Why choose LED over Halogen, or CFL?
An advantage that LED products have over equivalent halogen lamps is tremendous energy savings, and a beam that projects neither heat nor UV radiation, making LEDs a safe product to use when highlighting without concern of overheating or fading of the product.
The long life of properly designed LED products makes them ideal for a situation where light failure can cost a lot of time, effort, and money. Examples of such are high-mounted recess and track lighting, where changing the bulb could be both dangerous and time consuming (such as in a hotel lobby, or in the atrium of a building). With upwards of 60,000 hour useful lifespan in LED products, years of trouble free lighting can be achieved, easily saving money in labor and replacement costs for the equivalent of three to four CFL changes, or ten to fifteen halogen lamp changes. Useful lifespan is defined as when the LEDs depreciate to 70% of their initial output, in lumens. The lamp will continueto operate far beyond that, but with additional lumen depreciation.
Compare for example, a 75 Watt halogen lamp producing 1000 lumens of light. This type of lamp operates at a consumption rate or LPW (lumens per watt) of 13.3. In using a direct replacement LED product it only takes on average 11 to 14 watts of light with a LPW rate of 90.0. In this scenario, the LED is 676% more energy efficient than Halogen, thus resulting in an energy savings of 84%.
The last thing you want when using light to highlight a point of interest is for that light to damage or impair what you are highlighting. Whether the product is a delicate food that is sensitive to heat, a painting whose vivid details could be dulled by UV, or a diamond ring that has to be comfortable when it comes out of the case, an LED directional light is a great solution.
There is no glass in most LED products to break, very little heat compared to a searing halogen reflector, an no mercury to poison the environment. When the safety of your environment (working and natural) matters to you or your customers, a ProLED lamp is a great choice to suit your lighting needs. A lamp that won’t be in the landfill for years, won’t poison drinking water, and won’t shatter sending slivers of glass flying. Further there is tremendous reduction in labor costs and liability by reducing the number of times someone must work on or replace an electrical component from a ladder.
All of the LED products come with a mention of not using them in totally enclosed fixtures, which causes some confusion and concern. To clarify, the term “totally enclosed” in this instance means that there is no airflow around the LED lamp, and the reason goes back to thermal management. LEDs do generate some heat, and while not as much as any of the other types of light, in a fixture with zero airflow, the aluminum body is unable to act as a heat-sink, and reduces the life of the electrical components in the LED lamp. It is important to note the specific wording of “outdoor use” on an LED product that is exposed to the elements. This means mounting or placement where water, rain and heavy moisture build-up can occur. Use in recessed cans under walkways is acceptable in warmer, dryer climates. The second main drawback of LED based products is that they are much more sensitive to heat buildup than many other technologies. There are many applications where LEDs may still be inappropriate at the current time, where the ambient temperature is high enough that the long life of an LED product would be compromised significantly. Most LED products cannot be totally enclosed unless very low wattage or specifically designed for this application, and this includes many of the insulated recessed can lights.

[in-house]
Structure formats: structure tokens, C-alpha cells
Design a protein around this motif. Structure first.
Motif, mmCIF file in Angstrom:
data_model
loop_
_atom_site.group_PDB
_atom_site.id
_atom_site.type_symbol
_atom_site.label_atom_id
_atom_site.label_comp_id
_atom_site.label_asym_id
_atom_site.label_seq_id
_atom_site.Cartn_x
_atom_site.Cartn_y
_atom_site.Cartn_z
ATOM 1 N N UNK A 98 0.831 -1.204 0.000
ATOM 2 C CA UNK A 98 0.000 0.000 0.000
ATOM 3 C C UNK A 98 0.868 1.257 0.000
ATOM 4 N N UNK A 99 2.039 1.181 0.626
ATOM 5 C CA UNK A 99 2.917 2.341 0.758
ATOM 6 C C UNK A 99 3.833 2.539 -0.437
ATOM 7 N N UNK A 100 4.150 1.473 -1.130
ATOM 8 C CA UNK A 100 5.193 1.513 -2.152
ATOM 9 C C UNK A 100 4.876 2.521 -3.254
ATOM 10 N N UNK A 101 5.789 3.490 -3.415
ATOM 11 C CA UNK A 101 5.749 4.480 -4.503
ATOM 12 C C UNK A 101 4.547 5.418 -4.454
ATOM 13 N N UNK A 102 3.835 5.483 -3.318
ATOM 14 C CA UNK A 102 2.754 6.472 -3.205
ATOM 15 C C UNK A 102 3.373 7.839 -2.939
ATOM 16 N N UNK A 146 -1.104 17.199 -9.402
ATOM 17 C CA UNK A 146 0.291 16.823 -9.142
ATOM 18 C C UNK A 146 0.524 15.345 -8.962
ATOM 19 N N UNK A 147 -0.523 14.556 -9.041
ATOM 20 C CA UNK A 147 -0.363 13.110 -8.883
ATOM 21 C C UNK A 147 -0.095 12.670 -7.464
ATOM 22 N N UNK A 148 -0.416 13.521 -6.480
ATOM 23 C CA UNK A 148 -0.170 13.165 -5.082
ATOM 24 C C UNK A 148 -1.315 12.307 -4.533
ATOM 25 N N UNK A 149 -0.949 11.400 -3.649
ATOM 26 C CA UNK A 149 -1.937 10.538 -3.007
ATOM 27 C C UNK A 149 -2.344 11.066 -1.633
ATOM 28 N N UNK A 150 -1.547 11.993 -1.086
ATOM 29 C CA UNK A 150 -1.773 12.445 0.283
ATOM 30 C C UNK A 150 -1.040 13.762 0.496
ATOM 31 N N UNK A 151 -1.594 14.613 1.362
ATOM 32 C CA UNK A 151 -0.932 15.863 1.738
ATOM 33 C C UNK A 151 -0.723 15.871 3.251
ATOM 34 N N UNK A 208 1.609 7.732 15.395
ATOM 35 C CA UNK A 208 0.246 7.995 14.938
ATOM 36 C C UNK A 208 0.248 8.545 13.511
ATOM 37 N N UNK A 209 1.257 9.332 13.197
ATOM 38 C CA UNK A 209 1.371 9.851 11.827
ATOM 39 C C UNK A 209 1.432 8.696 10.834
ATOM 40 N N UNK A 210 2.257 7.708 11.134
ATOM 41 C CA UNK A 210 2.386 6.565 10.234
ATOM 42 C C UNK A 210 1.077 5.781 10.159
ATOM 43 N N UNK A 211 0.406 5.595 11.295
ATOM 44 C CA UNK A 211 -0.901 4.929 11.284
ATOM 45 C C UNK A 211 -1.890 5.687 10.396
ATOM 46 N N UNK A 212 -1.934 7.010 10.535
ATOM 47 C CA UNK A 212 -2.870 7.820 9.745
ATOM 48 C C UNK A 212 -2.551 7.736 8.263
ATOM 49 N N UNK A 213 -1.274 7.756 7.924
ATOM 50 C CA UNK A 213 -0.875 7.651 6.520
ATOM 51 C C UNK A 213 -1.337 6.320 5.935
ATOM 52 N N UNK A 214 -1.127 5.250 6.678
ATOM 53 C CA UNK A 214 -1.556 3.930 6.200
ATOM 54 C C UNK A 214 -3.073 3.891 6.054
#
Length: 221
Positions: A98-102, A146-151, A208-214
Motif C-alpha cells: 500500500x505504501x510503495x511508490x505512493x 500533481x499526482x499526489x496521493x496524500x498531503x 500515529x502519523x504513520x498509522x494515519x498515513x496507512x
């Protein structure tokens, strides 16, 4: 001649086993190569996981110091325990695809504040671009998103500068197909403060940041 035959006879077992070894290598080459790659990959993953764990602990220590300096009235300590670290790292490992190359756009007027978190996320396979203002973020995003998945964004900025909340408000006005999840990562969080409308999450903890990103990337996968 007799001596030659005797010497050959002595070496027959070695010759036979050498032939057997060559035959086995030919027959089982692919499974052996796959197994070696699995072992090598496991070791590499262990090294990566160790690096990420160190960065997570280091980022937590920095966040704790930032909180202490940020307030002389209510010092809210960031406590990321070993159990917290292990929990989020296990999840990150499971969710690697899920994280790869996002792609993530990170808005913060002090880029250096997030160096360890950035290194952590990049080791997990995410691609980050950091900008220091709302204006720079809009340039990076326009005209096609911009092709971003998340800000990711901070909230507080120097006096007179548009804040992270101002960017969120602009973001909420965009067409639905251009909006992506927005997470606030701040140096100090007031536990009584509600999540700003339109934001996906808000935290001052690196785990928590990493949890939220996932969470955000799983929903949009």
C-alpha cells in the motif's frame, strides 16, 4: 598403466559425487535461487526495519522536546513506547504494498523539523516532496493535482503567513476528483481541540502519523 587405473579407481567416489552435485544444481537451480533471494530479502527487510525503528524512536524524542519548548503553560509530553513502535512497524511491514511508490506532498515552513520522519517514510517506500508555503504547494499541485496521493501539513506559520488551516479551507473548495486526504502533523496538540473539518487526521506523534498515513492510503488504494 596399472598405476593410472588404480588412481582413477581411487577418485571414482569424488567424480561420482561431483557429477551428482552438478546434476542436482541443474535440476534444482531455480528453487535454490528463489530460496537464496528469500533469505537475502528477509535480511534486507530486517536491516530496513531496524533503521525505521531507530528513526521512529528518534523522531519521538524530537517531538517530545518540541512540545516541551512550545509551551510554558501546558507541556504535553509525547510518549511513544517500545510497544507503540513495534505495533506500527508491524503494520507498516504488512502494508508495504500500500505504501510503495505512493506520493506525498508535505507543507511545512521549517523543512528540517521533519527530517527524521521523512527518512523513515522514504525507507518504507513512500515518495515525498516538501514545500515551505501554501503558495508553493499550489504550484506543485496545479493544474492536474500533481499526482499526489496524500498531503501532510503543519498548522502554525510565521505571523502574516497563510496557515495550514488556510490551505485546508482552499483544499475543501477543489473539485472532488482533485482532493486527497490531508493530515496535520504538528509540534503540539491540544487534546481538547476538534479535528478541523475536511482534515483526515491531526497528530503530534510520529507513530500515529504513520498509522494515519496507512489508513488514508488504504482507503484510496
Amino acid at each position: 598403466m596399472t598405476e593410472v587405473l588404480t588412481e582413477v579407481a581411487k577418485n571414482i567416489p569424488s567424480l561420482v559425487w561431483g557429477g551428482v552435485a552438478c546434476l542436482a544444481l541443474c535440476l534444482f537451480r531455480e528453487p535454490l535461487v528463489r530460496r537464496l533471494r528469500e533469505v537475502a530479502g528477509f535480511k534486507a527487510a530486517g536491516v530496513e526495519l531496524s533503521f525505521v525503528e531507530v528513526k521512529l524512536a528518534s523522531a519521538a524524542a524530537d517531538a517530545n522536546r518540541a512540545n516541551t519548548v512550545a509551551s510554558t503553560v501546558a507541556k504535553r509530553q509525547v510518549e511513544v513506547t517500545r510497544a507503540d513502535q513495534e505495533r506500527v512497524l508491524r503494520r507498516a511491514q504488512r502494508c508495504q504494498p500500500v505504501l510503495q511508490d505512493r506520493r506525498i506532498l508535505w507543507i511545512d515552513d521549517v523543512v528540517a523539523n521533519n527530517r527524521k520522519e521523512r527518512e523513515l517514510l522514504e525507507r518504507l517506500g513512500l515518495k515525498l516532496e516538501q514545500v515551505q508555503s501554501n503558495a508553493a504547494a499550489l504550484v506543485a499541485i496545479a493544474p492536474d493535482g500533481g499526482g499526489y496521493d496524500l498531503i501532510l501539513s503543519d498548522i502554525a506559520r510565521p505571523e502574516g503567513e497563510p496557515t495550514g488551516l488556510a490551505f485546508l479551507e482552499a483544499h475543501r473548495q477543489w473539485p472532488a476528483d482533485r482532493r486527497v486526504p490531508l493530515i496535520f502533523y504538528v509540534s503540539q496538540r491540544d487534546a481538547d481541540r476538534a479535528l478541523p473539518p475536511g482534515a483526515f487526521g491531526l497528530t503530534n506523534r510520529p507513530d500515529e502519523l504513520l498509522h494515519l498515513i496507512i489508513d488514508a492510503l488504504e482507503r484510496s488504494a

What are the drawbacks of LED?
LED Drawbacks All of the aforementioned benefits of LED based lighting products do not come without a price. One of thelargest drawbacks of LED based products is literally the price. High quality LED packages, with predictable and reliable color quality and output, are still very expensive when considering their initial cost on a lumen per watt basis. Using more LED packages will generally result in a better efficiency, but is then tempered by the fact that it adds considerably to the product cost. An LED lighting product is essentially an electrical appliance that produces light, and is more complex than many other sources. In addition to the LEDs themselves, the aluminum heat sinks, printed circuit boards, drivers, and optical control devices are all relatively expensive components to produce. Improvements in LED efficiency has the potential to reduce the overall initial cost, and as demand increases, economies of scale will likely bring the initial cost of LED products down over time, but they are unlikely to ever be as initially inexpensive as older, simpler, but much less efficient incandescent technology. Their long life requires a different approach to considering cost, where cost of ownership over time. When considering the purchase of LED, you must take into account the number of Incandescent or Halogen lamps one would buy to cover the same time period (60,000 hours), the energy and labor maintenance savings in total. Often consumers will find that the LED, though a higher upfront cost, yields a return on investment measured well over 600%.
The second main drawback of LED based products is that they are much more sensitive to heat buildup than many other technologies. There are many applications where LEDs may still be inappropriate at the current time, where the ambient temperature is high enough that the long life of an LED product would be compromised significantly. Most LED products cannot be totally enclosed unless very low wattage or specifically designed for this application, and this includes many of the insulated recessed can lights.
Despite the drawbacks or challenges in LED lighting technology, they have significant potential to change the landscape of lighting forever, and in dramatic ways that far exceed the flexibility of any other commercially available lighting technology.
Special thanks to: David Nelkin; Director of Product Technologies – Halco Lighting, and Tom Gregg; Product Engineer – PQL Lighting for assembling this information on behalf of all lighting professionals.